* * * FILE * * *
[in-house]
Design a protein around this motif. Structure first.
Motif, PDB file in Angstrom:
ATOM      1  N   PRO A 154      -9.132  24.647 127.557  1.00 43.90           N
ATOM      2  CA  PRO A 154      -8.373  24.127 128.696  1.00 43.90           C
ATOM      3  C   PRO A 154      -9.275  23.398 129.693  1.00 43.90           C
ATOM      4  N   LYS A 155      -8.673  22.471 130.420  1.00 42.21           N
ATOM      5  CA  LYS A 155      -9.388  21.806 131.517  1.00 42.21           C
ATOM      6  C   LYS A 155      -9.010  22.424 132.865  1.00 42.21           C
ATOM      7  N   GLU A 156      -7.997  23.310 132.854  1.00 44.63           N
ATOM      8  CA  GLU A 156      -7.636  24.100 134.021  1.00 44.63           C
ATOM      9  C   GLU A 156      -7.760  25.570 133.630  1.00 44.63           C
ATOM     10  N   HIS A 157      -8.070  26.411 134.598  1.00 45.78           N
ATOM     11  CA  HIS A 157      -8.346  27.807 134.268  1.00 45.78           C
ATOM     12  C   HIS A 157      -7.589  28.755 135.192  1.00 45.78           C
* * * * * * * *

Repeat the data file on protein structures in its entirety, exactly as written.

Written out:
[in-house]
Design a protein around this motif. Structure first.
Motif, PDB file in Angstrom:
ATOM      1  N   PRO A 154      -9.132  24.647 127.557  1.00 43.90           N
ATOM      2  CA  PRO A 154      -8.373  24.127 128.696  1.00 43.90           C
ATOM      3  C   PRO A 154      -9.275  23.398 129.693  1.00 43.90           C
ATOM      4  N   LYS A 155      -8.673  22.471 130.420  1.00 42.21           N
ATOM      5  CA  LYS A 155      -9.388  21.806 131.517  1.00 42.21           C
ATOM      6  C   LYS A 155      -9.010  22.424 132.865  1.00 42.21           C
ATOM      7  N   GLU A 156      -7.997  23.310 132.854  1.00 44.63           N
ATOM      8  CA  GLU A 156      -7.636  24.100 134.021  1.00 44.63           C
ATOM      9  C   GLU A 156      -7.760  25.570 133.630  1.00 44.63           C
ATOM     10  N   HIS A 157      -8.070  26.411 134.598  1.00 45.78           N
ATOM     11  CA  HIS A 157      -8.346  27.807 134.268  1.00 45.78           C
ATOM     12  C   HIS A 157      -7.589  28.755 135.192  1.00 45.78           C